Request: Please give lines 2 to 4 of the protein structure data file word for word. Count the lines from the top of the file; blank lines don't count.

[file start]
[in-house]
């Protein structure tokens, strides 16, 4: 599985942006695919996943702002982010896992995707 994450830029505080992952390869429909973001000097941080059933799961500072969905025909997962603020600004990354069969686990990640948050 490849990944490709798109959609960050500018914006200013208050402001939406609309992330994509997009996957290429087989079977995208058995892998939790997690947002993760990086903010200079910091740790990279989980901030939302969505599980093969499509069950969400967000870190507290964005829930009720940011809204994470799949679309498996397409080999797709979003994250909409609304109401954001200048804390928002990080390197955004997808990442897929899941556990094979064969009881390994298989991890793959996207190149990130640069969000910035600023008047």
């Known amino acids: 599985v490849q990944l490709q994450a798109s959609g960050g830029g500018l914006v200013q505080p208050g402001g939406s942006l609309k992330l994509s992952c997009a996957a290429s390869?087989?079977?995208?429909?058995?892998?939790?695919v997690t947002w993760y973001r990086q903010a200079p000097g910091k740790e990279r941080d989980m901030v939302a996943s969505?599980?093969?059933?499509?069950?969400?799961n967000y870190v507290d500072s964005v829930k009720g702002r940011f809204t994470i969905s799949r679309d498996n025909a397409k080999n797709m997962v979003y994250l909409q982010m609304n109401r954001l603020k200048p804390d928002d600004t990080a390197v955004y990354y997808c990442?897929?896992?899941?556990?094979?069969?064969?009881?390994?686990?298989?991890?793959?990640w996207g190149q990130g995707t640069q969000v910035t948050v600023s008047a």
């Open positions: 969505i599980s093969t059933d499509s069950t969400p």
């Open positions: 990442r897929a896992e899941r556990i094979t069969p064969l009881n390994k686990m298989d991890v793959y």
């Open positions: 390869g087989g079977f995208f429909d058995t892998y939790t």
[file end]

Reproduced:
């Protein structure tokens, strides 16, 4: 599985942006695919996943702002982010896992995707 994450830029505080992952390869429909973001000097941080059933799961500072969905025909997962603020600004990354069969686990990640948050 490849990944490709798109959609960050500018914006200013208050402001939406609309992330994509997009996957290429087989079977995208058995892998939790997690947002993760990086903010200079910091740790990279989980901030939302969505599980093969499509069950969400967000870190507290964005829930009720940011809204994470799949679309498996397409080999797709979003994250909409609304109401954001200048804390928002990080390197955004997808990442897929899941556990094979064969009881390994298989991890793959996207190149990130640069969000910035600023008047």
């Known amino acids: 599985v490849q990944l490709q994450a798109s959609g960050g830029g500018l914006v200013q505080p208050g402001g939406s942006l609309k992330l994509s992952c997009a996957a290429s390869?087989?079977?995208?429909?058995?892998?939790?695919v997690t947002w993760y973001r990086q903010a200079p000097g910091k740790e990279r941080d989980m901030v939302a996943s969505?599980?093969?059933?499509?069950?969400?799961n967000y870190v507290d500072s964005v829930k009720g702002r940011f809204t994470i969905s799949r679309d498996n025909a397409k080999n797709m997962v979003y994250l909409q982010m609304n109401r954001l603020k200048p804390d928002d600004t990080a390197v955004y990354y997808c990442?897929?896992?899941?556990?094979?069969?064969?009881?390994?686990?298989?991890?793959?990640w996207g190149q990130g995707t640069q969000v910035t948050v600023s008047a």
């Open positions: 969505i599980s093969t059933d499509s069950t969400p």